“I’m not sure I want to be a Christian, Mummy.” He said, “I don’t want to be like you and Daddy. It’s too hard. I just want to be able to pray sometimes.”

We talked about love and what happens when God is your friend and constant companion. We talked about how love is the only thing to make a difference in the world, how love is the only thing worth living for, and how God is love. These conversations are always challenging, because Prince’s vocabulary is limited and his comprehension is very literal. I have to keep my language very simple and straightforward, and this is quite difficult!

I thanked God for the opportunity to talk to my son about Jesus on his terms. Church and Sunday School are pitched way over Prince’s head, so he’s never going to learn from there, even if he does recognise that church people are generally kind and friendly to one another. We’ve had some conversations around the dinner table, but that one was a corker.

What about you? Have you ever had stunning questions from your offspring? How have you dealt with it?

Reblog: Confidence through Weakness

‘I can do all things through Christ, who strengthens me’ gets bandied around a lot by well-meaning-but-naive types. Trouble is that it often gets interpreted as ‘I can do all things because I am strong’ rather than ‘my weakness is huge, but grace gives me strength’ (which is what Paul is actually saying in the rest of the chapter – he’s talking about suffering). In the face of ‘I can do all things because I am strong’ I just want to run away and hide, appalled at my weakness, but given the other interpretation… as long as I say ‘yes’, I am strengthened beyond what I ever imagined. God has been showing me this, lately, as I go through EMDR – this strength that He bestows. It is a somewhat fearful thing, but it is nonetheless beautiful.

Philippians is one of my favourite books of the bible. In particular this end section of the letter to the church at Philippi:

Finally, beloved, whatever is true, whatever is honourable, whatever is just, whatever is pure, whatever is pleasing, whatever is commendable, if there is any excellence and if there is anything worthy of praise, think about these things. Keep on doing the things that you have learned and received and heard and seen in me, and the God of peace will be with you.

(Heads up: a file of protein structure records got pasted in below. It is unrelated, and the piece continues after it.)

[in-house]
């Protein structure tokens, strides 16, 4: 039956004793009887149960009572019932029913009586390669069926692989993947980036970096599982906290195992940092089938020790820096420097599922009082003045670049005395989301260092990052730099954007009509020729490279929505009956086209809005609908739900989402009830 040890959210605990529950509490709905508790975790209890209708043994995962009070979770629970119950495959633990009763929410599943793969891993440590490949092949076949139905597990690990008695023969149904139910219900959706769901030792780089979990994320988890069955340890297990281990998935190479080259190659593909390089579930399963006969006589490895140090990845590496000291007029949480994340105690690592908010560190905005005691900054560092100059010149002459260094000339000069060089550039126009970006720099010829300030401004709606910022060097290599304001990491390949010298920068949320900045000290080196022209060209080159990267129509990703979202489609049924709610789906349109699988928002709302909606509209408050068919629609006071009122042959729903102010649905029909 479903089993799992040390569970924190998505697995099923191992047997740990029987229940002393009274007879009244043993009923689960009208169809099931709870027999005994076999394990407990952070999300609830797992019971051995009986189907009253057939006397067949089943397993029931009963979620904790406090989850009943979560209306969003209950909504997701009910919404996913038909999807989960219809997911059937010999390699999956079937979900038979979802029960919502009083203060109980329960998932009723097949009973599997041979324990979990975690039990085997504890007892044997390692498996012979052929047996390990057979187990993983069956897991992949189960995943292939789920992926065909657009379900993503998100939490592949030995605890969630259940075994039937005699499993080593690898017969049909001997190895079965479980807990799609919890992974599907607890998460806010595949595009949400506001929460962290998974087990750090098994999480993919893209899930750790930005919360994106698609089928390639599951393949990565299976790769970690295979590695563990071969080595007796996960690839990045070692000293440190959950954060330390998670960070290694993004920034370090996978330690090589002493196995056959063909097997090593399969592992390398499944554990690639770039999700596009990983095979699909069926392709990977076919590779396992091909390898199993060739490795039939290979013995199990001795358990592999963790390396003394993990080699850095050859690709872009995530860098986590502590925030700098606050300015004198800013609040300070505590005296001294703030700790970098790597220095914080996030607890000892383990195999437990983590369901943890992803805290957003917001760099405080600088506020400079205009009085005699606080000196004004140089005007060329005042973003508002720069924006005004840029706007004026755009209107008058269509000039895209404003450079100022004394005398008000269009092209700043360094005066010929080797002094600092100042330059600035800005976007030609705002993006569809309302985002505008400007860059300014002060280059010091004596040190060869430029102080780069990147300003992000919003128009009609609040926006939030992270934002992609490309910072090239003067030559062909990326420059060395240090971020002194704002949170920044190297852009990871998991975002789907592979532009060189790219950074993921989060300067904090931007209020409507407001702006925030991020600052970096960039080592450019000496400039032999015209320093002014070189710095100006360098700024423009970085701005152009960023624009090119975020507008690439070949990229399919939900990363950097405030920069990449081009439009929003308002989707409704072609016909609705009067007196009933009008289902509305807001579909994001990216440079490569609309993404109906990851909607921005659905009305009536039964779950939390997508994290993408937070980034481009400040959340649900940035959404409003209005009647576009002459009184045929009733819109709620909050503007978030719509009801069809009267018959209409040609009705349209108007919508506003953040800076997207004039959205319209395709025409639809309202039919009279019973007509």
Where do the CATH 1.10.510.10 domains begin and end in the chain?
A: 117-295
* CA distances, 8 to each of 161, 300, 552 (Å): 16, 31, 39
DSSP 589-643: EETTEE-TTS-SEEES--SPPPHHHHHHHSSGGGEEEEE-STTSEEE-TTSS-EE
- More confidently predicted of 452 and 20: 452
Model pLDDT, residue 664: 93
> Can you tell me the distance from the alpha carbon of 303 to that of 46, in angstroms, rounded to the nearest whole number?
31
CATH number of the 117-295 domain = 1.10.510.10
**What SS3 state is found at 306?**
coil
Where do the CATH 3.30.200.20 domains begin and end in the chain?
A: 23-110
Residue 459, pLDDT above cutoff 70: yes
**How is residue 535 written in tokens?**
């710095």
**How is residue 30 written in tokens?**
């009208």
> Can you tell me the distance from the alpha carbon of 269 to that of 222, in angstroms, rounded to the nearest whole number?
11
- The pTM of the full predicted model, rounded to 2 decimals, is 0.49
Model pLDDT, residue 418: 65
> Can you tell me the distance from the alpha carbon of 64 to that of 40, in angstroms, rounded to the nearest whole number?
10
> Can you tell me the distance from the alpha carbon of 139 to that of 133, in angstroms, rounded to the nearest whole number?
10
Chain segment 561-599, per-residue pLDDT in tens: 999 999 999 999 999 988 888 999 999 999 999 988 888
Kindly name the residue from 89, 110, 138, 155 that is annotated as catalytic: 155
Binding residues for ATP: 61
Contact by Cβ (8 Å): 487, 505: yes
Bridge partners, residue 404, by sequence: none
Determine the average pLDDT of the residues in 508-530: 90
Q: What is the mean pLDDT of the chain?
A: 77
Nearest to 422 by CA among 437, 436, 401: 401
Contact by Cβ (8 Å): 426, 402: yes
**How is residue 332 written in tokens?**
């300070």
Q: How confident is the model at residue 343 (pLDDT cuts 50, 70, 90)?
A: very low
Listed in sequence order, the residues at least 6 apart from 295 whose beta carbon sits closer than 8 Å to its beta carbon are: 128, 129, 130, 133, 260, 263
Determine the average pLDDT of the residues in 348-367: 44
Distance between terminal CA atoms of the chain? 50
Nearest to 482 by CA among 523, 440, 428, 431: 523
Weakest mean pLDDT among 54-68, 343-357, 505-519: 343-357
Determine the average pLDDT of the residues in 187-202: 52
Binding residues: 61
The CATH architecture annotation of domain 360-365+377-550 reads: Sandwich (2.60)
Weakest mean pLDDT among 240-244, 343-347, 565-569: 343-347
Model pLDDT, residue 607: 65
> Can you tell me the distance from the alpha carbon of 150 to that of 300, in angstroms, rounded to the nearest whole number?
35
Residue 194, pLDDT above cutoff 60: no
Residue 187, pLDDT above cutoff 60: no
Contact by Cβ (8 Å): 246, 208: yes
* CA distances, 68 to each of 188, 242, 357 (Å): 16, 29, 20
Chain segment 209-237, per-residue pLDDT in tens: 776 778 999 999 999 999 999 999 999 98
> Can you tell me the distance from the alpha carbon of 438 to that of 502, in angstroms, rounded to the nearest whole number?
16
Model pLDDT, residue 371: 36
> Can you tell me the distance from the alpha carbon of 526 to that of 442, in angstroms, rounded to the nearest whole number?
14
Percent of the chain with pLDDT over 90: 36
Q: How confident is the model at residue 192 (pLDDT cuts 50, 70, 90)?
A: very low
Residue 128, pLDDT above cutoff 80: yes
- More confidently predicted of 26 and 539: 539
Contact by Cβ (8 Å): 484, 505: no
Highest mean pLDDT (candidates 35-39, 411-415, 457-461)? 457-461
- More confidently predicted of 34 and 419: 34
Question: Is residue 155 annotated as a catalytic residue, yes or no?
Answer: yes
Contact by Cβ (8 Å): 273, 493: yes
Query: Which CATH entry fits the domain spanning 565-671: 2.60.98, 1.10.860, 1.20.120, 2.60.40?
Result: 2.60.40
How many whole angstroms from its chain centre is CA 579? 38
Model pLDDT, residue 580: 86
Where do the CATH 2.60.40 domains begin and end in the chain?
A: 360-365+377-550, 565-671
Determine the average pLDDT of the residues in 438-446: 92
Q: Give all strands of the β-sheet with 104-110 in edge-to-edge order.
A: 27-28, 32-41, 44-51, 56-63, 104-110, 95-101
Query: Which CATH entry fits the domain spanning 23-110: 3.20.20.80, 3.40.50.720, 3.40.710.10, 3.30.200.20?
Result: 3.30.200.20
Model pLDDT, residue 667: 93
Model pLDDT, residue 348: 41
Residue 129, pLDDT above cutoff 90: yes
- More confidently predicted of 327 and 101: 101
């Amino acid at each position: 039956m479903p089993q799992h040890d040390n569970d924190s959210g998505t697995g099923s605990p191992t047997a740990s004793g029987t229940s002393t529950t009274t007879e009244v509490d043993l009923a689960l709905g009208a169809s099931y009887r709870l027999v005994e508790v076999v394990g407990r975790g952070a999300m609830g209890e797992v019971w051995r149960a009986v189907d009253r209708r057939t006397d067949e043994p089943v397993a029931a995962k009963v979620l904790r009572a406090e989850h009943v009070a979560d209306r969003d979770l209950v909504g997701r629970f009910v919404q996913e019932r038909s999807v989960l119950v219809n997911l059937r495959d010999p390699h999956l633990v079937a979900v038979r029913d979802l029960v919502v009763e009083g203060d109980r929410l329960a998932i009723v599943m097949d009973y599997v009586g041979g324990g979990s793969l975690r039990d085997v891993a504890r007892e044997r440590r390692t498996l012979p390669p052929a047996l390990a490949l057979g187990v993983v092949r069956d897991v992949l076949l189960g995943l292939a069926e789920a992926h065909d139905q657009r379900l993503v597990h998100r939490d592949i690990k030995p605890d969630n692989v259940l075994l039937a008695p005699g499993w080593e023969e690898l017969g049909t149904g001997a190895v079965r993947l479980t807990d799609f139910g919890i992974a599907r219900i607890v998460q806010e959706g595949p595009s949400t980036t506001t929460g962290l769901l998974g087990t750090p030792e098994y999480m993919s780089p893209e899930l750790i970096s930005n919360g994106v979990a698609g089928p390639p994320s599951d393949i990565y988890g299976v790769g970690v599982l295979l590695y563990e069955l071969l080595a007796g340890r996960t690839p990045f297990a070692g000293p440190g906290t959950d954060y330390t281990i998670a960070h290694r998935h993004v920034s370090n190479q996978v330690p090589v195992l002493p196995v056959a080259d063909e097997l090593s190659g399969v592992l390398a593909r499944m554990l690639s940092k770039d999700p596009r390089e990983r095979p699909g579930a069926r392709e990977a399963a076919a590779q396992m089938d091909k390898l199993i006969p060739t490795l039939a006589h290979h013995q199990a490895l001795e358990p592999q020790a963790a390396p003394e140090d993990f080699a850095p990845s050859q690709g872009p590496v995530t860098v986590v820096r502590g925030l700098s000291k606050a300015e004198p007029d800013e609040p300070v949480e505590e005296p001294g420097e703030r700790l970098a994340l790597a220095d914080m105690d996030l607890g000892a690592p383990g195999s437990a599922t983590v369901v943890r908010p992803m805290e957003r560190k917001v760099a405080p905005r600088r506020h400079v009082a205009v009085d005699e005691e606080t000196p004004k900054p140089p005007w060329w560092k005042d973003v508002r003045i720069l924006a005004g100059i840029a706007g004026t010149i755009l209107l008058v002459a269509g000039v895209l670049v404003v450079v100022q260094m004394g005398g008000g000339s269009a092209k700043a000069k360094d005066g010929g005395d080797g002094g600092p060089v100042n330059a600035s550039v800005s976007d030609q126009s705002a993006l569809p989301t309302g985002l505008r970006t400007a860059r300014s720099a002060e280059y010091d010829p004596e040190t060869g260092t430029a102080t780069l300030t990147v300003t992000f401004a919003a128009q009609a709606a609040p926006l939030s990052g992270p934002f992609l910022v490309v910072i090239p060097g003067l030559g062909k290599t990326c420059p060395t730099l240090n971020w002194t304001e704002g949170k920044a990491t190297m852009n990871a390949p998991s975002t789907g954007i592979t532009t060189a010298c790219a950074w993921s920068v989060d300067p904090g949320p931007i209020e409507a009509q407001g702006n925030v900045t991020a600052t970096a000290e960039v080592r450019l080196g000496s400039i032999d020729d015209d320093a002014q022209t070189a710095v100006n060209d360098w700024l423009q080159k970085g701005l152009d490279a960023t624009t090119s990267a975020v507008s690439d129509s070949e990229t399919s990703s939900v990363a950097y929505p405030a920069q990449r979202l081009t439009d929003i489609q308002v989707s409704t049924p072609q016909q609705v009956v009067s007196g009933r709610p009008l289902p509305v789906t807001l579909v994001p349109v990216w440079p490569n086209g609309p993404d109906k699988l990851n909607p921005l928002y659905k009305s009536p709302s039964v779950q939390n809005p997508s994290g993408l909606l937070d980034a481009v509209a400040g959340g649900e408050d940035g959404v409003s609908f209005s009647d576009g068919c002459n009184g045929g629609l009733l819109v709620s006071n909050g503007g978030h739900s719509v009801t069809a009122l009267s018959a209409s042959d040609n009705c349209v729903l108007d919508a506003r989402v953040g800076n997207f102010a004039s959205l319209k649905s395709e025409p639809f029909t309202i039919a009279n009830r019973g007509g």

I rejoice in the Lord greatly that now at last you have revived your concern for me; indeed, you were concerned for me, but had no opportunity to show it. Not that I am referring to being in need; for I have learned to be content with whatever I have. I know what it is to have little, and I know what it is to have plenty. In any and all circumstances I have learned the secret of being well-fed and of going hungry, of having plenty and of being in need. I can do all things through him who strengthens me. In any case, it was kind of you to share my distress.

Philippians 4:8-14 (NRSVA)

Contemplative in the Mud

So now, since you want to belong entirely to God, why should you be afraid of your weakness – on which, in any case, you shouldn’t be relying.
Saint Francis de Sales

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First a Spider, then a Pigeon

A small brown spider crawled across the damp lino in the bathroom. I picked it up. It wouldn’t have made it otherwise. It would have been crushed underfoot by an unwitting toed foe. I put it out the window. It may go on to spin a hundred webs. It may get eaten by sparrows.

Then there was the wood pigeon. It’s lovely living in a rambling old house with half a dozen open fireplaces, but there are drawbacks. We use chimney pillows to prevent draughts (helpful hint: they have probably already paid for themselves several times over in terms of energy savings). This pigeon had somehow fallen down the chimney onto the chimney pillow so that when we were attempting to play a game, Chip and I were startled by a loud scrabbling and movement of the chimney pillow. We’d heard birds in the chimney before, but not like this. I called Frank and we attempted to remove the balloon and capture the bird with a blanket. It didn’t work. The bird panicked, flapped and flew back up, settling on a ledge just behind the fireplace.

We were flummoxed. After some discussion we opened the window, left the room and shut the door. We made sure we were quiet in the vicinity of the room, hoping the pigeon would find its own way down into the room and out of the window. Four hours later, as night was drawing in, we tentatively opened the door and peered under the fireplace. The bird was gone. It didn’t need to be rescued. It just needed to be left alone. The only evidence that it had even been there was a solitary grey feather.